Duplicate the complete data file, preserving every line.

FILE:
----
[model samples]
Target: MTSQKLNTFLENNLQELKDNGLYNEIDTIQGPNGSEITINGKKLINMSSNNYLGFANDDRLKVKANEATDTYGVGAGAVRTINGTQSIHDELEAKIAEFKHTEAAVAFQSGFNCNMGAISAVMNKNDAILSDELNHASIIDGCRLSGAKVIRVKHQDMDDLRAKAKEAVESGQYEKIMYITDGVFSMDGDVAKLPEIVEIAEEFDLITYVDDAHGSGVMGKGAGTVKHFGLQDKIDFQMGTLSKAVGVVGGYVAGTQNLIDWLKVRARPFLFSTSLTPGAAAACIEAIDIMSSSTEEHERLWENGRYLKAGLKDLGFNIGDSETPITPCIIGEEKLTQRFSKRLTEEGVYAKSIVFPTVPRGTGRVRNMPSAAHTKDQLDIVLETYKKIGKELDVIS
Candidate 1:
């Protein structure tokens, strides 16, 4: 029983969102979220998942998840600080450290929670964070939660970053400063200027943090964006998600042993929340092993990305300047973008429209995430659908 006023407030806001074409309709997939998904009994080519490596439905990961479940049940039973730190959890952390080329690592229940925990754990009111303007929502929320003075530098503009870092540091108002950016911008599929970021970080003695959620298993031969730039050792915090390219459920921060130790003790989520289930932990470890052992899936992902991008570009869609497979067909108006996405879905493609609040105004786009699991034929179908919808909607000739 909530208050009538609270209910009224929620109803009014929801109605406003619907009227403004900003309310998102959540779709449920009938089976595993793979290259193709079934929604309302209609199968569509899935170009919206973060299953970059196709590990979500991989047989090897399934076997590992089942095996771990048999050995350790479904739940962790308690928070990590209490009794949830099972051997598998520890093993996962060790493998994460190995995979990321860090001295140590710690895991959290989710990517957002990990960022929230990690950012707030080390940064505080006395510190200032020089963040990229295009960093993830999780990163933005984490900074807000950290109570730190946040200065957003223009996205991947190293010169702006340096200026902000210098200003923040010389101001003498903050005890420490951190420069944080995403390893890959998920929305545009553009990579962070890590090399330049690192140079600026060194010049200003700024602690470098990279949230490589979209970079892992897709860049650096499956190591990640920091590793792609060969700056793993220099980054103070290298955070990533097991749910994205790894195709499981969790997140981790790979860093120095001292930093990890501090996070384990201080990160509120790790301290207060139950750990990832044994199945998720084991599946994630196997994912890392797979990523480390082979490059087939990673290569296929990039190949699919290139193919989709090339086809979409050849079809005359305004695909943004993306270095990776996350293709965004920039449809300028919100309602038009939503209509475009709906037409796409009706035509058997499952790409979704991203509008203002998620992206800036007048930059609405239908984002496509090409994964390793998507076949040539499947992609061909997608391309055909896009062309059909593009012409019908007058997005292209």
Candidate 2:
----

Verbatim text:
[model samples]
Target: MTSQKLNTFLENNLQELKDNGLYNEIDTIQGPNGSEITINGKKLINMSSNNYLGFANDDRLKVKANEATDTYGVGAGAVRTINGTQSIHDELEAKIAEFKHTEAAVAFQSGFNCNMGAISAVMNKNDAILSDELNHASIIDGCRLSGAKVIRVKHQDMDDLRAKAKEAVESGQYEKIMYITDGVFSMDGDVAKLPEIVEIAEEFDLITYVDDAHGSGVMGKGAGTVKHFGLQDKIDFQMGTLSKAVGVVGGYVAGTQNLIDWLKVRARPFLFSTSLTPGAAAACIEAIDIMSSSTEEHERLWENGRYLKAGLKDLGFNIGDSETPITPCIIGEEKLTQRFSKRLTEEGVYAKSIVFPTVPRGTGRVRNMPSAAHTKDQLDIVLETYKKIGKELDVIS
Candidate 1:
């Protein structure tokens, strides 16, 4: 029983969102979220998942998840600080450290929670964070939660970053400063200027943090964006998600042993929340092993990305300047973008429209995430659908 006023407030806001074409309709997939998904009994080519490596439905990961479940049940039973730190959890952390080329690592229940925990754990009111303007929502929320003075530098503009870092540091108002950016911008599929970021970080003695959620298993031969730039050792915090390219459920921060130790003790989520289930932990470890052992899936992902991008570009869609497979067909108006996405879905493609609040105004786009699991034929179908919808909607000739 909530208050009538609270209910009224929620109803009014929801109605406003619907009227403004900003309310998102959540779709449920009938089976595993793979290259193709079934929604309302209609199968569509899935170009919206973060299953970059196709590990979500991989047989090897399934076997590992089942095996771990048999050995350790479904739940962790308690928070990590209490009794949830099972051997598998520890093993996962060790493998994460190995995979990321860090001295140590710690895991959290989710990517957002990990960022929230990690950012707030080390940064505080006395510190200032020089963040990229295009960093993830999780990163933005984490900074807000950290109570730190946040200065957003223009996205991947190293010169702006340096200026902000210098200003923040010389101001003498903050005890420490951190420069944080995403390893890959998920929305545009553009990579962070890590090399330049690192140079600026060194010049200003700024602690470098990279949230490589979209970079892992897709860049650096499956190591990640920091590793792609060969700056793993220099980054103070290298955070990533097991749910994205790894195709499981969790997140981790790979860093120095001292930093990890501090996070384990201080990160509120790790301290207060139950750990990832044994199945998720084991599946994630196997994912890392797979990523480390082979490059087939990673290569296929990039190949699919290139193919989709090339086809979409050849079809005359305004695909943004993306270095990776996350293709965004920039449809300028919100309602038009939503209509475009709906037409796409009706035509058997499952790409979704991203509008203002998620992206800036007048930059609405239908984002496509090409994964390793998507076949040539499947992609061909997608391309055909896009062309059909593009012409019908007058997005292209």
Candidate 2: